More importantly, as stated by Judge Harper, "This argument is irrelevant as it has nothing to do with the issue in this case, which is whether or not the defendant exercised good faith in refusing the offer of settlement." 271 F. Supp. 502, 506. Defendant's argument that it could not consistently defend the Newman suit while the declaratory judgment action was pending because such positions would be inconsistent and would create a conflict of interest on the part of counsel, lacks merit. Insurance companies are frequently placed in an inconsistent position, for example, when a company has covered two automobiles involved in an accident wherein each owner claimed the other to be at fault. Certainly inconsistencies would not in such a situation afford an excuse for refusing to defend either of its insureds. The same is true here. Any conflict of interest on the part of counsel can be eliminated by employing different attorneys to handle the various phases of the litigation. In any event, such circumstances are not at all material on the crucial issue of whether good faith was exercised in considering the settlement.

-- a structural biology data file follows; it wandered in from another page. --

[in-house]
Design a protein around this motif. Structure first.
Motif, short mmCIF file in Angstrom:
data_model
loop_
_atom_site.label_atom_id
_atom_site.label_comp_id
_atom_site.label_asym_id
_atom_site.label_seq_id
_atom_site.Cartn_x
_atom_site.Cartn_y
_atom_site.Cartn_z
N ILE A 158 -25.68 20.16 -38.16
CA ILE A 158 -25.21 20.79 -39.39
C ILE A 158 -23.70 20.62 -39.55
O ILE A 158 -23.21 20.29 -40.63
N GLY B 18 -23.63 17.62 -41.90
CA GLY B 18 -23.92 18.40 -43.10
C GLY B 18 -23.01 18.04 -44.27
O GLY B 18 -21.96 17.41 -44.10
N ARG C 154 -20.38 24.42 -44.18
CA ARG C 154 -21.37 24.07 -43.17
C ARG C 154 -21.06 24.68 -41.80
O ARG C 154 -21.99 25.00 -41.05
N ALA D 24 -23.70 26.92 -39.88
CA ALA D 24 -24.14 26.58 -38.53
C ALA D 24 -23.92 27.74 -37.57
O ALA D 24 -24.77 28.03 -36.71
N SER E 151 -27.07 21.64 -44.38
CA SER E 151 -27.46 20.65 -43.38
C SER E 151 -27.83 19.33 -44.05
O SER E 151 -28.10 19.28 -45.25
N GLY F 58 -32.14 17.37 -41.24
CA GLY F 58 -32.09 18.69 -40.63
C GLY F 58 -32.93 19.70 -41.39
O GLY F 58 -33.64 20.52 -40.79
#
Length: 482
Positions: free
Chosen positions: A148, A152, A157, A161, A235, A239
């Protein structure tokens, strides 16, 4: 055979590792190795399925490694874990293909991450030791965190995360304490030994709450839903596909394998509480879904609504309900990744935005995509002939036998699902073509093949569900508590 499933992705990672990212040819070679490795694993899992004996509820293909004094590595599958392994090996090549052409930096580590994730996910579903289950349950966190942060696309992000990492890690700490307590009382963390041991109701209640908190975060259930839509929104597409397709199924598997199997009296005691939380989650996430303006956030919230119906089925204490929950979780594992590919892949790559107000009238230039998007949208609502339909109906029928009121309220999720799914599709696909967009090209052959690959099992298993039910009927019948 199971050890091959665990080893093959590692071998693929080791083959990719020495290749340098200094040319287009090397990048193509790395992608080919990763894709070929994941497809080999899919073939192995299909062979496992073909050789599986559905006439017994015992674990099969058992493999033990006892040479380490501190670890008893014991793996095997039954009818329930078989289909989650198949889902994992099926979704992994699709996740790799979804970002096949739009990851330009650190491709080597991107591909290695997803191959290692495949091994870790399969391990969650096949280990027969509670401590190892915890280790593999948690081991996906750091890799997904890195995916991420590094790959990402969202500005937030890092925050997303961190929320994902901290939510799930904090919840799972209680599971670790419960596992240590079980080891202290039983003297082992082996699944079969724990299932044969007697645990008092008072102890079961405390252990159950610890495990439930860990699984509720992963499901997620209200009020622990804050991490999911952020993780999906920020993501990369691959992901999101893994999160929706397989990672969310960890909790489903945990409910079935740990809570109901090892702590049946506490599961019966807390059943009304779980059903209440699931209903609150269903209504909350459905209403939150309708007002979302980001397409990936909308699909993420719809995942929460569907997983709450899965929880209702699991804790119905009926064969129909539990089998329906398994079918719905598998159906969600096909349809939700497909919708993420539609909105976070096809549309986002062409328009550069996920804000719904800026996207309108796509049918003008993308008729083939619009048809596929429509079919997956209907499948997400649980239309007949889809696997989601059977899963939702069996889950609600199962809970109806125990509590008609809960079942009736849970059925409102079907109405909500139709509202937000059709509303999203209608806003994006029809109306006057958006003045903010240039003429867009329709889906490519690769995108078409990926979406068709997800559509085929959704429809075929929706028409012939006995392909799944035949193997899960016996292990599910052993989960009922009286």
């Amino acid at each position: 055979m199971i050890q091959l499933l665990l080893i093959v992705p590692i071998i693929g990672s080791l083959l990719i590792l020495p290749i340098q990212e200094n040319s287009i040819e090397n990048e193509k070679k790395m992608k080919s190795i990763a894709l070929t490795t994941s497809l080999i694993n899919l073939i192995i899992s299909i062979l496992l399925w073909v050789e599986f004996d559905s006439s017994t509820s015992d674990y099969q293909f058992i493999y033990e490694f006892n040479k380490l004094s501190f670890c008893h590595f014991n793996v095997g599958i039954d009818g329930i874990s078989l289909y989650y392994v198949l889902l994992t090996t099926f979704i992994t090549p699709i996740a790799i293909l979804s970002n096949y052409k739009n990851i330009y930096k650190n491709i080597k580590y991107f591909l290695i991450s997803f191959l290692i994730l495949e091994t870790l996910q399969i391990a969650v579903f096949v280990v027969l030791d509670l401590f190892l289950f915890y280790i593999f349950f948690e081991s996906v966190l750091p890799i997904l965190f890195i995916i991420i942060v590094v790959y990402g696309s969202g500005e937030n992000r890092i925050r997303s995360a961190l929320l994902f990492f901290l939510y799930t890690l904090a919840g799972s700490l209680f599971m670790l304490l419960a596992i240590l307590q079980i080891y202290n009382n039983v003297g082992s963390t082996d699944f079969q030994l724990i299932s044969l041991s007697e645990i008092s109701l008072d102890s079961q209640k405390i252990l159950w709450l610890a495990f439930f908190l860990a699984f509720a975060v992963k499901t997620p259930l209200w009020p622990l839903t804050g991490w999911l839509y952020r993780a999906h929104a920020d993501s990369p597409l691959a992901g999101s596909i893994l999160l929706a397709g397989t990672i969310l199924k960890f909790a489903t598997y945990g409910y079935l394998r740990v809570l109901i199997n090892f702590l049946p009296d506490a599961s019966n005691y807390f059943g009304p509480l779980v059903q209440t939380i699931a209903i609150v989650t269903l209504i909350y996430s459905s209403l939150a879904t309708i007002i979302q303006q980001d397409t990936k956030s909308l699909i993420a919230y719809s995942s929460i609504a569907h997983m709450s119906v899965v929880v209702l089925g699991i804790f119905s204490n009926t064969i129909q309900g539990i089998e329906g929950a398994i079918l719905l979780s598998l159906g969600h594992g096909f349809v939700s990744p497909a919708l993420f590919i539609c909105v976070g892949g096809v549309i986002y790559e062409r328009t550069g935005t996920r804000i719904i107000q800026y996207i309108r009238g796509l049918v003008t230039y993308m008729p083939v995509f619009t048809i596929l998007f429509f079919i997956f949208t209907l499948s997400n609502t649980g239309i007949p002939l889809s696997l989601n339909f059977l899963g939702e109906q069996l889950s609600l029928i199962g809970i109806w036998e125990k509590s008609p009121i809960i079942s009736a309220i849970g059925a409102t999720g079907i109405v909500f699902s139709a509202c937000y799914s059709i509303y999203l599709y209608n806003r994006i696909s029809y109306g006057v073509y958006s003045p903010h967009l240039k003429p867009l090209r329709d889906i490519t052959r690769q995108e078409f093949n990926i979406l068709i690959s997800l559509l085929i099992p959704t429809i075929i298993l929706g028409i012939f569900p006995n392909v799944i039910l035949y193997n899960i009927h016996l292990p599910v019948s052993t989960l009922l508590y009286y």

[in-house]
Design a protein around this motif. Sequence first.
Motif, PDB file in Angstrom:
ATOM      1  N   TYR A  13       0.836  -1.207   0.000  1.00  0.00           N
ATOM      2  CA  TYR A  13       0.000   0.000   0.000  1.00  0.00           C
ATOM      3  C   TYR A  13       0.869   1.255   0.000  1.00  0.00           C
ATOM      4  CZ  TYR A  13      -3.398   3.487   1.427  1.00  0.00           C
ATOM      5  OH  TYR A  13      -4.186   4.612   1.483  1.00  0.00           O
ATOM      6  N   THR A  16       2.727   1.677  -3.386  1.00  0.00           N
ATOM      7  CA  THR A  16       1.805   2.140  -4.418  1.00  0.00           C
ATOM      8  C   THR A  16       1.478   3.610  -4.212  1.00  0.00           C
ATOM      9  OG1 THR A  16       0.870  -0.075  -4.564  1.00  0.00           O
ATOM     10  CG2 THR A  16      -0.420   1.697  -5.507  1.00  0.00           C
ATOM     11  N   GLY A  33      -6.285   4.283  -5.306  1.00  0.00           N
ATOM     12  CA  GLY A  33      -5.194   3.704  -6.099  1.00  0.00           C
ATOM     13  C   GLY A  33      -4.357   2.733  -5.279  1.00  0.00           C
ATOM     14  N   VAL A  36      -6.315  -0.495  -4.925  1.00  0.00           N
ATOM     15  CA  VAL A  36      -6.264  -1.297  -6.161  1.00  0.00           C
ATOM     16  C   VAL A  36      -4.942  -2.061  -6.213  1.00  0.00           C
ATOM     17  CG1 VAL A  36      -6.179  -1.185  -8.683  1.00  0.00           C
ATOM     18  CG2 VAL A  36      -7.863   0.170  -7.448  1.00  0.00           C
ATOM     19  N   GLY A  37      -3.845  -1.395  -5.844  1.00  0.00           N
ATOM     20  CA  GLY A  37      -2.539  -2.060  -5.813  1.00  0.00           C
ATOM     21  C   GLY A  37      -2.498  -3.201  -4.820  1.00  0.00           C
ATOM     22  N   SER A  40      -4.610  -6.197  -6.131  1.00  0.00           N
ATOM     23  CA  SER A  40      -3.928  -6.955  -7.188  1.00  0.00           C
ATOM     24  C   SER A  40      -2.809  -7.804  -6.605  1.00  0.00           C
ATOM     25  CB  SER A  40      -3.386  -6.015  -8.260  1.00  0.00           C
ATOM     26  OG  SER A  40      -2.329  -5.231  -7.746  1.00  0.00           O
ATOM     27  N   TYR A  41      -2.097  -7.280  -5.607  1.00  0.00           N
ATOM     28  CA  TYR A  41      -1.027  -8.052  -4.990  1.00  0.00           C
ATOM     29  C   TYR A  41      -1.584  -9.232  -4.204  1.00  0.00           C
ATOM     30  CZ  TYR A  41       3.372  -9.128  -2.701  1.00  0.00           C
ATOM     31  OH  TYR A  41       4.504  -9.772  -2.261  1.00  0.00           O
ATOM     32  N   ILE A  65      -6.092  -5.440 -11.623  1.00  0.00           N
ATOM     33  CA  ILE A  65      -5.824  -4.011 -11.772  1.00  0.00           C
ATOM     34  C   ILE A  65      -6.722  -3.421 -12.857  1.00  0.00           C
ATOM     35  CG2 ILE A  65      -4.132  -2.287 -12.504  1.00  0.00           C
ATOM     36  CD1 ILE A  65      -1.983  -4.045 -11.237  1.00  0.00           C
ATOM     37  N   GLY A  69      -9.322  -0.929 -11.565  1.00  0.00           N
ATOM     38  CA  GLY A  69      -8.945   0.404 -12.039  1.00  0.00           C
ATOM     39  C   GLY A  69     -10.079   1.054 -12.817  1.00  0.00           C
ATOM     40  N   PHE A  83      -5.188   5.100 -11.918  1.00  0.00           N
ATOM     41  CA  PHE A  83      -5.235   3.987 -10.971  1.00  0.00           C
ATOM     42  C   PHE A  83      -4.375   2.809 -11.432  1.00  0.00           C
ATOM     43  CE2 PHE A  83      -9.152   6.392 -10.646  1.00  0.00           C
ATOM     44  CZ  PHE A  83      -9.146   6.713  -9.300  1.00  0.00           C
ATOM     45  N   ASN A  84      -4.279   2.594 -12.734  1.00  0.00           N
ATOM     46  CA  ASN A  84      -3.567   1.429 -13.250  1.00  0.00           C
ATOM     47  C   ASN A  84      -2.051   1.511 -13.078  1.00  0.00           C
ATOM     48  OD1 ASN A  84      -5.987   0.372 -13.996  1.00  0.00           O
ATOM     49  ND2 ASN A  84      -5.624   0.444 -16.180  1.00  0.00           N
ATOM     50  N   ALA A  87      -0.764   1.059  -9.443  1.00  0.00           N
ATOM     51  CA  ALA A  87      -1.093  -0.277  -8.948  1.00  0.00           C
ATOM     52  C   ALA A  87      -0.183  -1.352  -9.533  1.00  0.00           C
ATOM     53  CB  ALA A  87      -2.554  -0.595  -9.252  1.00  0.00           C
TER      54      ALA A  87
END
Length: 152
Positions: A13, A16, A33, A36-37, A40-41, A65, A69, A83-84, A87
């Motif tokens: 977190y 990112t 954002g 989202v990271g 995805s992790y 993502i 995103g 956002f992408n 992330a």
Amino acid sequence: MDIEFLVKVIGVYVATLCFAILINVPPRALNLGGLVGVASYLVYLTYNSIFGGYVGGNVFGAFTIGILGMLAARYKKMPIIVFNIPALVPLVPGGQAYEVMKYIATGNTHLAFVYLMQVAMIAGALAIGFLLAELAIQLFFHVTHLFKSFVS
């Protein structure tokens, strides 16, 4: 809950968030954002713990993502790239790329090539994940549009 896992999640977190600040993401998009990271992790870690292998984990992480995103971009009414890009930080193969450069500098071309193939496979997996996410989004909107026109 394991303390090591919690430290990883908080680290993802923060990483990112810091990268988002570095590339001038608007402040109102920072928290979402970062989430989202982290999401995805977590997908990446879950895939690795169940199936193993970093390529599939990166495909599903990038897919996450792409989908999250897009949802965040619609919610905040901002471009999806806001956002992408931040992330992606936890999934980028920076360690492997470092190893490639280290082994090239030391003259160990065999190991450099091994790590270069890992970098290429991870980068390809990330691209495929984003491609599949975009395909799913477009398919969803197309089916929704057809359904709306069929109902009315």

Western has failed to demonstrate that Judge Harper misinterpreted or misapplied Missouri law in determining under the facts of this case that Western did not exercise good faith in refusing to settle the Newman claim within the policy limits. The Landie case cited and relied upon by Judge Harper fully supports the result he reached.

The judgment is affirmed.